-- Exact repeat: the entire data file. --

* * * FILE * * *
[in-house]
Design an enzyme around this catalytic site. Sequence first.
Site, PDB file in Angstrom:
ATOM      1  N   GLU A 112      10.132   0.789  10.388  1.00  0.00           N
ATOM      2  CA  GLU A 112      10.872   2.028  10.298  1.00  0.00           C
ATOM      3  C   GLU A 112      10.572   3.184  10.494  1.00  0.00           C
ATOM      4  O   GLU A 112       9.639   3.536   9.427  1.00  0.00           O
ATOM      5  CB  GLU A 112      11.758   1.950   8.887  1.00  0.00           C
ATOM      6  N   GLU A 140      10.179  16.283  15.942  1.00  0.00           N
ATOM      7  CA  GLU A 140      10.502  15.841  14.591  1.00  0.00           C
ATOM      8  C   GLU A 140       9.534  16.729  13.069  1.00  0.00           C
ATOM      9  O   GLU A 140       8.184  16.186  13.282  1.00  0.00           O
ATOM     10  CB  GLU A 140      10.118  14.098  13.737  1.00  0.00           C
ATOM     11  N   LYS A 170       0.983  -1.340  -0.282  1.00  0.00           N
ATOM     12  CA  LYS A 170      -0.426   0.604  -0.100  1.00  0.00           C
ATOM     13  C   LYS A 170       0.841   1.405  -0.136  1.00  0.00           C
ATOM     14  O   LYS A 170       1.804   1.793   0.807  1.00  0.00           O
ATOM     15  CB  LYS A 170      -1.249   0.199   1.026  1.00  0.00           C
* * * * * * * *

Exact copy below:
[in-house]
Design an enzyme around this catalytic site. Sequence first.
Site, PDB file in Angstrom:
ATOM      1  N   GLU A 112      10.132   0.789  10.388  1.00  0.00           N
ATOM      2  CA  GLU A 112      10.872   2.028  10.298  1.00  0.00           C
ATOM      3  C   GLU A 112      10.572   3.184  10.494  1.00  0.00           C
ATOM      4  O   GLU A 112       9.639   3.536   9.427  1.00  0.00           O
ATOM      5  CB  GLU A 112      11.758   1.950   8.887  1.00  0.00           C
ATOM      6  N   GLU A 140      10.179  16.283  15.942  1.00  0.00           N
ATOM      7  CA  GLU A 140      10.502  15.841  14.591  1.00  0.00           C
ATOM      8  C   GLU A 140       9.534  16.729  13.069  1.00  0.00           C
ATOM      9  O   GLU A 140       8.184  16.186  13.282  1.00  0.00           O
ATOM     10  CB  GLU A 140      10.118  14.098  13.737  1.00  0.00           C
ATOM     11  N   LYS A 170       0.983  -1.340  -0.282  1.00  0.00           N
ATOM     12  CA  LYS A 170      -0.426   0.604  -0.100  1.00  0.00           C
ATOM     13  C   LYS A 170       0.841   1.405  -0.136  1.00  0.00           C
ATOM     14  O   LYS A 170       1.804   1.793   0.807  1.00  0.00           O
ATOM     15  CB  LYS A 170      -1.249   0.199   1.026  1.00  0.00           C